Data permit authority for the social and health care sector Findata will start operating in early 2020. Findata issues permits for the secondary use of health and social data when data is compiled from various controllers or sourced from private service providers.
Secondary use means that client and register data of social welfare and health care activities is used for purposes other than the primary purpose for which it was originally stored.
Primary purposes relate to, for example, treatment provided to a patient or the processing of benefits. The secondary use of data includes research, the compilation of statistics and innovation activities, among others.
The operation of Findata is based on the Act on the Secondary Use of Health and Social Data (552/2019) which entered into force in May 2019.
Finland’s internationally unique register data resources
Finland’s social welfare and health care data resources are particularly extensive and of exceptionally high quality, and they have been utilised for research and statistical purposes for decades. The task of Findata is to facilitate the utilisation of the data resources in, for example, the development of social welfare and health care services and more effective medicines and treatments.
“Previously researchers, for example, have had to submit separate permit applications to each controller. This has resulted in overlapping administrative work and wasted time. In addition, the practices for data disclosure have varied. In future, the processing of social welfare and health care permits are centralised in accordance with the one-stop-shop principle,” explains Johanna Seppänen, Director of Findata.
For example, in medical research, data is often required from various health care operating units, the registers of the Finnish Institute for Health and Welfare (THL) and Social Insurance Institution of Finland (Kela), the Population Register Centre, the Finnish Centre for Pensions and Statistics Finland.
“We engage in close collaboration with various controllers. We compile data and provide online tools for permit application and data resource utilisation for those who need them”, Seppänen states.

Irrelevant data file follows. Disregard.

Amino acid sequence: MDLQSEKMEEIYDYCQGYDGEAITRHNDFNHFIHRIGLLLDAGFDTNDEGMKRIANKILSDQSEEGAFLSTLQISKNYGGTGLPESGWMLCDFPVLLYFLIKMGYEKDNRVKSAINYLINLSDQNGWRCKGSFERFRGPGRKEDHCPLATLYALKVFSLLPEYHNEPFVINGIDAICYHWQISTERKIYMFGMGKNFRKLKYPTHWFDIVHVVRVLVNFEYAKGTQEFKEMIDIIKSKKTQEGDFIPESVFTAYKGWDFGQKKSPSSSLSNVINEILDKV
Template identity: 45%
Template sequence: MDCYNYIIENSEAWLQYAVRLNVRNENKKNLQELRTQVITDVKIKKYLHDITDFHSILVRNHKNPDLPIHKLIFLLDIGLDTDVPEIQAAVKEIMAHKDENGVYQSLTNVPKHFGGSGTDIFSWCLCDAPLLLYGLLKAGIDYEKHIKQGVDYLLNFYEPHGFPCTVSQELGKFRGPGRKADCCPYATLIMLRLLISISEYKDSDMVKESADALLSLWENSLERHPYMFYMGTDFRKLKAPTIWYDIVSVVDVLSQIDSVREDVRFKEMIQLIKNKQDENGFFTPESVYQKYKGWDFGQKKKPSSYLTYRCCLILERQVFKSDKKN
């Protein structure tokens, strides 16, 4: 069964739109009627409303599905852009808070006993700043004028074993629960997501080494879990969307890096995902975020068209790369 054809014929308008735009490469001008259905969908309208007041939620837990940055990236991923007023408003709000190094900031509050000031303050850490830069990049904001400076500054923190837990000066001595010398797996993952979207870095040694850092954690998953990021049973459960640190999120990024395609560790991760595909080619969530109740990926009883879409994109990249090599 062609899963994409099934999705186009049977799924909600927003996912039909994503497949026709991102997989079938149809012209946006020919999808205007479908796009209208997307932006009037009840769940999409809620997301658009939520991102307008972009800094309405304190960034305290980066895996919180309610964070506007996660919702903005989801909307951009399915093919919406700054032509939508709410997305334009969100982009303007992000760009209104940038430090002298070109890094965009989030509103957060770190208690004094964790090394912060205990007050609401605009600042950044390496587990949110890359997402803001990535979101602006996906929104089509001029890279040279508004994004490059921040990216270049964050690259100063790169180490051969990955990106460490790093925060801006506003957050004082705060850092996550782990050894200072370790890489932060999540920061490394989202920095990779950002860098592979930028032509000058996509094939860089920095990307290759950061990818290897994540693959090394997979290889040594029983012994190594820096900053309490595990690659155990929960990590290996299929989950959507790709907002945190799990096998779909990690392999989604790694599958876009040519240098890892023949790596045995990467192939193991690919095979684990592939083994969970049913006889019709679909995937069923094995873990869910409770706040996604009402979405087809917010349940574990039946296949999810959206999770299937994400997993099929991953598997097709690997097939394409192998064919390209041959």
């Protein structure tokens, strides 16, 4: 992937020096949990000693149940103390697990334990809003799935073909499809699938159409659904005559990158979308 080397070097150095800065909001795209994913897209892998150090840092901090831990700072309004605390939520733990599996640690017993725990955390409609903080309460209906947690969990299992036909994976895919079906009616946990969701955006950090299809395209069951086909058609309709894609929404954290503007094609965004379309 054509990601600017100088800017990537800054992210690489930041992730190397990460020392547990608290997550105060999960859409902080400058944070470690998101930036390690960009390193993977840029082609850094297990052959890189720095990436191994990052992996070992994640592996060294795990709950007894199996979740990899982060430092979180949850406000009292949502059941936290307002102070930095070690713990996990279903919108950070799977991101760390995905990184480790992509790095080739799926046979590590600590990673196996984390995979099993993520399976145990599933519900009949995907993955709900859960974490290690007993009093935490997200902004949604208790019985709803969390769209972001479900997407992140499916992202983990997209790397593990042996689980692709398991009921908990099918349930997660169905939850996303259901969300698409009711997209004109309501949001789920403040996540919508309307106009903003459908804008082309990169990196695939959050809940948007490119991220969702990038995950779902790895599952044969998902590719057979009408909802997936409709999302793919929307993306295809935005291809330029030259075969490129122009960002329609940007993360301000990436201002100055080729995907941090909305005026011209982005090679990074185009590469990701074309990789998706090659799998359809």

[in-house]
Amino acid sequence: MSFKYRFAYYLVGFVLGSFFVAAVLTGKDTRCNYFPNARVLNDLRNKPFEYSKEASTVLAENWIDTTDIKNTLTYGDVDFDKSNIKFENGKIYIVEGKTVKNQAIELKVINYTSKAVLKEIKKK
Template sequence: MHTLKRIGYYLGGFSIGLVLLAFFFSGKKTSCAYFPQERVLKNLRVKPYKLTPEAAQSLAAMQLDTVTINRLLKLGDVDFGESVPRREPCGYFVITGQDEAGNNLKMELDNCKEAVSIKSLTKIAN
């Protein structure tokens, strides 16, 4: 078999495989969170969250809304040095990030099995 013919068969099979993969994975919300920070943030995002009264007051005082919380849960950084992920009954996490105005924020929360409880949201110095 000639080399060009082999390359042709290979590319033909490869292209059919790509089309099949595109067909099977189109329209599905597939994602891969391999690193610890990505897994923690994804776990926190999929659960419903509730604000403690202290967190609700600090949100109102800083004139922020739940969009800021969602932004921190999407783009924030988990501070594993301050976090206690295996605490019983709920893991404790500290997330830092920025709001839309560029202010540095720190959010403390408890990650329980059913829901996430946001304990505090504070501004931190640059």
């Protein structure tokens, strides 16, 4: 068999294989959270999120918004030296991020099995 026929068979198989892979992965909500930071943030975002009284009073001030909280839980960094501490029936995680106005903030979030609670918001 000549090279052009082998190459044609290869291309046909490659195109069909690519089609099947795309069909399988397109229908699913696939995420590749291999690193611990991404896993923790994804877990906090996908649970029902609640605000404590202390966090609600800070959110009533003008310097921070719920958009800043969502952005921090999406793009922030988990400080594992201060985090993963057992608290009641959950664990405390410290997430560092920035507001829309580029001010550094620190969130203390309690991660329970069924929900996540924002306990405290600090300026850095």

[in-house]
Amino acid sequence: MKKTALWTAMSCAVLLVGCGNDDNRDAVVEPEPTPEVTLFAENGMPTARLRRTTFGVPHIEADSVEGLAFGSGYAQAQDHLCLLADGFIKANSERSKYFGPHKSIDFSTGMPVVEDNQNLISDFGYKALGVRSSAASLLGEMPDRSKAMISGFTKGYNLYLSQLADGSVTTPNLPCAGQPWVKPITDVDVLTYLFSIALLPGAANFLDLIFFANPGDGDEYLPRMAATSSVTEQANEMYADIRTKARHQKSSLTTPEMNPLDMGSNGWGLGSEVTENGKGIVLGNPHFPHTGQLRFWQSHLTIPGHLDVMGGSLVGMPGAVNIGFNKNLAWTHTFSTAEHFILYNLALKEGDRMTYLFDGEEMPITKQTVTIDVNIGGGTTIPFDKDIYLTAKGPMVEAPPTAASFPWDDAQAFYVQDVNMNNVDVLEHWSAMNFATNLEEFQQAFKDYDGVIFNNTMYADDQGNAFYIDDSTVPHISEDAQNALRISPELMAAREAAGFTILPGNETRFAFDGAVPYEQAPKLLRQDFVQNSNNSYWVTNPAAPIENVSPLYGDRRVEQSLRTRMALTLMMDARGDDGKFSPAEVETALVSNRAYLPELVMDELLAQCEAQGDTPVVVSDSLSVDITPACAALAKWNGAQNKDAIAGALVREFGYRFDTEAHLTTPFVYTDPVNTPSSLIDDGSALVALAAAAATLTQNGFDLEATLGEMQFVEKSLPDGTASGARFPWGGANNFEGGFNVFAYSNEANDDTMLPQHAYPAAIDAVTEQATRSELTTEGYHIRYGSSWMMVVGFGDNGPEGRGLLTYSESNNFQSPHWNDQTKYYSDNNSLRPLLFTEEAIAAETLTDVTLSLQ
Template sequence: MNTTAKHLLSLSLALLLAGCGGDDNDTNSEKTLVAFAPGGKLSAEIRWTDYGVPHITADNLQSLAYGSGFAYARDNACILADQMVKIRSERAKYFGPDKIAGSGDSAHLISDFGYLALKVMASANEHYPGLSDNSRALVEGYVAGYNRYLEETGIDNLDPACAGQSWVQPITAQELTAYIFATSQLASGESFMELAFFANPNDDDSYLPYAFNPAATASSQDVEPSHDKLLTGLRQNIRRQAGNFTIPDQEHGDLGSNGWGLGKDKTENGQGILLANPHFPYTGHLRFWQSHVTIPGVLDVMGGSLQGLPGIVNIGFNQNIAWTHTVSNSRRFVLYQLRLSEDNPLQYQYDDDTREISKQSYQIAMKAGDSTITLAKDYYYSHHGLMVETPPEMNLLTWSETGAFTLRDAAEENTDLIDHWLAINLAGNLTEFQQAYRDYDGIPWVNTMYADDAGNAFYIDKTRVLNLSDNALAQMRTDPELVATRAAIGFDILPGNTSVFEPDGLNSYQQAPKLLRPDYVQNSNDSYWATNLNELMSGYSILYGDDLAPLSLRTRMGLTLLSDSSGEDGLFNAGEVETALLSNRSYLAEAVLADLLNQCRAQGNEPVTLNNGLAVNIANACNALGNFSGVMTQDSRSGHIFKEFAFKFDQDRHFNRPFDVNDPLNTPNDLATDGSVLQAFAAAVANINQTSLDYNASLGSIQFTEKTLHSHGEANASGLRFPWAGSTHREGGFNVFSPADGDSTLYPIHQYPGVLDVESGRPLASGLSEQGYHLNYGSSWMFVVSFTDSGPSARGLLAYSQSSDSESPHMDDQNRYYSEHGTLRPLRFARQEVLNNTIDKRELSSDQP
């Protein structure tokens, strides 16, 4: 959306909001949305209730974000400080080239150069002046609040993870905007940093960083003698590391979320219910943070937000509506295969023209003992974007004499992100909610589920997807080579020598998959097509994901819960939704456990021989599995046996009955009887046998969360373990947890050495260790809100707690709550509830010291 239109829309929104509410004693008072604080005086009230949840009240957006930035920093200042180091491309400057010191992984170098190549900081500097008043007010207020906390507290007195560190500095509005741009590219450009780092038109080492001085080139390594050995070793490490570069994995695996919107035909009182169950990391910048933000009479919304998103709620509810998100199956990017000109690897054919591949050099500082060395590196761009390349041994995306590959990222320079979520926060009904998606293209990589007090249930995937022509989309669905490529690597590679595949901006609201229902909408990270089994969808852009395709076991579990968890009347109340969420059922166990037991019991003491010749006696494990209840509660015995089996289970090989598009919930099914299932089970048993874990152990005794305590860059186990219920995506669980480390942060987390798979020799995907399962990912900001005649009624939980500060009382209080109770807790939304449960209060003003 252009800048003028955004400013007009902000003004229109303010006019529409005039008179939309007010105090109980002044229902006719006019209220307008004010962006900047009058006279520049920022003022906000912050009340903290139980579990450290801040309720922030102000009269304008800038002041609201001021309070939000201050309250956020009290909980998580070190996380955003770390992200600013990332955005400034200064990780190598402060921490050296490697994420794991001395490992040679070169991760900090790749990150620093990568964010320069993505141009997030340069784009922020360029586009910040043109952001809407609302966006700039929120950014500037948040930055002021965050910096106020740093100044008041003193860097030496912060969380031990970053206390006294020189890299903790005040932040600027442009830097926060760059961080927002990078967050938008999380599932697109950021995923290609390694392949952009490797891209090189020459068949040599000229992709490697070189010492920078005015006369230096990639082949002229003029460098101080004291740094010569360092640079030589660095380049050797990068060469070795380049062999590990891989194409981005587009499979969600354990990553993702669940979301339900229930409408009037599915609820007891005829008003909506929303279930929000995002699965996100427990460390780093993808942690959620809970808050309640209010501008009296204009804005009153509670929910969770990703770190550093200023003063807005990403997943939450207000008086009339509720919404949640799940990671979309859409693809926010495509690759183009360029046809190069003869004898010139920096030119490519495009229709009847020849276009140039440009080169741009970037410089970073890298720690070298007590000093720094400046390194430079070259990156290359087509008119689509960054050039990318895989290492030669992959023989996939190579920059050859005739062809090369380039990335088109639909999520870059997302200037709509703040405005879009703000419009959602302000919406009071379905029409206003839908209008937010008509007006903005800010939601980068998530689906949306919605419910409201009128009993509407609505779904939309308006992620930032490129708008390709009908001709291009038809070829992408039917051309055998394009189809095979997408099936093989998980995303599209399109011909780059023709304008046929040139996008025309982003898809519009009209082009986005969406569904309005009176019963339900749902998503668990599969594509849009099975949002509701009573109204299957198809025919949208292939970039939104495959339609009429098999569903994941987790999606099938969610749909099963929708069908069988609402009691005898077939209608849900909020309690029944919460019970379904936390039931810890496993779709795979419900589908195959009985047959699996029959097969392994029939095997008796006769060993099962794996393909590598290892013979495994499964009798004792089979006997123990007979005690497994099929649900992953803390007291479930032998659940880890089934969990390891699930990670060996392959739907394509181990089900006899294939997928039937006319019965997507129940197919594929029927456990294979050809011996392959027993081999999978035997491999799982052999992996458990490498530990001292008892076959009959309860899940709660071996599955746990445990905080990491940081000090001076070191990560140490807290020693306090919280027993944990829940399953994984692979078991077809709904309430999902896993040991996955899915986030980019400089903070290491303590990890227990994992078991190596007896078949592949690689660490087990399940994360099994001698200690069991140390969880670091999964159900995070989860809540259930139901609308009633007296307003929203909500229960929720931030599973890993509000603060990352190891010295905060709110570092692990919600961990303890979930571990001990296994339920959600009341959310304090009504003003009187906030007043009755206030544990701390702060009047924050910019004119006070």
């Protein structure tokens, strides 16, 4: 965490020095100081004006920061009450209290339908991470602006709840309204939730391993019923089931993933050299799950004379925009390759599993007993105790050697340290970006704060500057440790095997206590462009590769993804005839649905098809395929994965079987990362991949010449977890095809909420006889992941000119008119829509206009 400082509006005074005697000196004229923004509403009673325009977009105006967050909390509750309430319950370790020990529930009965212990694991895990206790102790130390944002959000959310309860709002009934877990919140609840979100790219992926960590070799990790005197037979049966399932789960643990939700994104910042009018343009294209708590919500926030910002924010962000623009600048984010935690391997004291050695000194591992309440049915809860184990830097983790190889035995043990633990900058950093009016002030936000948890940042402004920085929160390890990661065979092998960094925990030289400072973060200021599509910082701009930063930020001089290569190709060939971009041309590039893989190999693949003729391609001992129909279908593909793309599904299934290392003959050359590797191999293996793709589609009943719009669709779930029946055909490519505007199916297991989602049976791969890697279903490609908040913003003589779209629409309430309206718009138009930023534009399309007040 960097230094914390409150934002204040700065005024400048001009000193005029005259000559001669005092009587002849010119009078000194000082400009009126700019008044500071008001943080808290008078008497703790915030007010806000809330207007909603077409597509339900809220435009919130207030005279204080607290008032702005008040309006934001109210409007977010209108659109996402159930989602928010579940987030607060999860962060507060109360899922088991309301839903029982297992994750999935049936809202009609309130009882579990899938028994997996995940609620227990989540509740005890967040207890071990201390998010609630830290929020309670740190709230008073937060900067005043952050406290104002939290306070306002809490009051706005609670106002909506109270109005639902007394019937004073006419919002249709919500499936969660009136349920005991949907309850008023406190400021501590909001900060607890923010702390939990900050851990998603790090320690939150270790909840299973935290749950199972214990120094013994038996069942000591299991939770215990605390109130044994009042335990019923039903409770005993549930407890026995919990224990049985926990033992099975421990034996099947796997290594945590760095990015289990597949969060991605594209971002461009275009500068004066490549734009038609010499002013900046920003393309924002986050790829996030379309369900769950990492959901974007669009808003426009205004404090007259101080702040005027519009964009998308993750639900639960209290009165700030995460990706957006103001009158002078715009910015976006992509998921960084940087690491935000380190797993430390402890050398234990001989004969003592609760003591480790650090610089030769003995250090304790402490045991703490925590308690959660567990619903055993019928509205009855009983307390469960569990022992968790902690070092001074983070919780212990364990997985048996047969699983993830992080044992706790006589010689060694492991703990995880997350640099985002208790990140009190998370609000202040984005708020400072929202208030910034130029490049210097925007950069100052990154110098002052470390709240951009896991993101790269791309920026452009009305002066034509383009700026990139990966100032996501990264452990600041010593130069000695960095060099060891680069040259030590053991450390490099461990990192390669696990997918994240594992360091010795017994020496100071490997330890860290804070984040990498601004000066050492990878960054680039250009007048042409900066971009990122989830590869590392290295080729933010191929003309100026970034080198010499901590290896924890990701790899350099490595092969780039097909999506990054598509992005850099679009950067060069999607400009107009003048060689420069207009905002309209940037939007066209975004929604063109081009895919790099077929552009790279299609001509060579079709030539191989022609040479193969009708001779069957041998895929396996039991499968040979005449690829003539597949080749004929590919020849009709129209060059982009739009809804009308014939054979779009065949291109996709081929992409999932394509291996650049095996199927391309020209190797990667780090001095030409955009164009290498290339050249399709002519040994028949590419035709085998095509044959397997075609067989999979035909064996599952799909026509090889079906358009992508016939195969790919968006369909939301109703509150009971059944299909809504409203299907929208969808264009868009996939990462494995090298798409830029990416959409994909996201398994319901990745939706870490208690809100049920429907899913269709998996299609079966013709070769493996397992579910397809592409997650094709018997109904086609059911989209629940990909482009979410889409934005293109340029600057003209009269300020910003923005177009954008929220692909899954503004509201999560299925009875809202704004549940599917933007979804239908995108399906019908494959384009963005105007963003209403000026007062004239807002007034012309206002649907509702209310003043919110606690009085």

Companies, too, may utilise the data resources as part of development and innovation activities, provided that certain conditions are met.
“It is possible to receive statistical data for development and innovation activities if they contribute to the health and well-being of citizens or improve social welfare and health care services.”
Like now, health and social data may not be used for marketing or for the definition of individual commercial services in the future.
Improved data security
The centralised permit procedure also improves data security. Secure, closed user environments have been built for the operation of Findata. When the data is compiled in a centralised manner, its use is more protected and easier to monitor.
“We only disclose data to the extent necessary and always ensure maximum privacy protection. We do not disclose personal data as such at all. We ensure the anonymity of statistical data, and never transfer personal data outside the remote access environment. Instead, we provide our clients with a secure access to the data which they are authorised to examine,” Seppänen specifies.
In addition, the information systems used by Findata maintain a log on various activities. The log shows, for example, who has processed the data, how, and when.
“Naturally, our operation is also monitored, developed and reviewed on a regular basis as defined by law,” Seppänen adds.
Gradual start of operations
At first, Findata’s task is to receive and process data requests concerning anonymous statistical data for the purposes laid down in the Act on the Secondary Use of Health and Social Data. In addition, Findata provides advisory services to future clients and controllers.
Findata’s operation expands in the spring as the authority starts to accept data permit applications concerning the use of personal data as of 1 April 2020. As the term suggests, personal data contains data on the level of individual persons, but any direct identifiers have been removed, meaning that the data is either pseudonymised or anonymised.
“Data permits are applied for personal data as before, but the service will be provided on a one-stop-shop basis. The permits are issued for analysing data in a closed environment for a predetermined period of time, after which the data is erased,” Seppänen explains.
Findata will start to issue permits for data in the Kanta Services in 2021.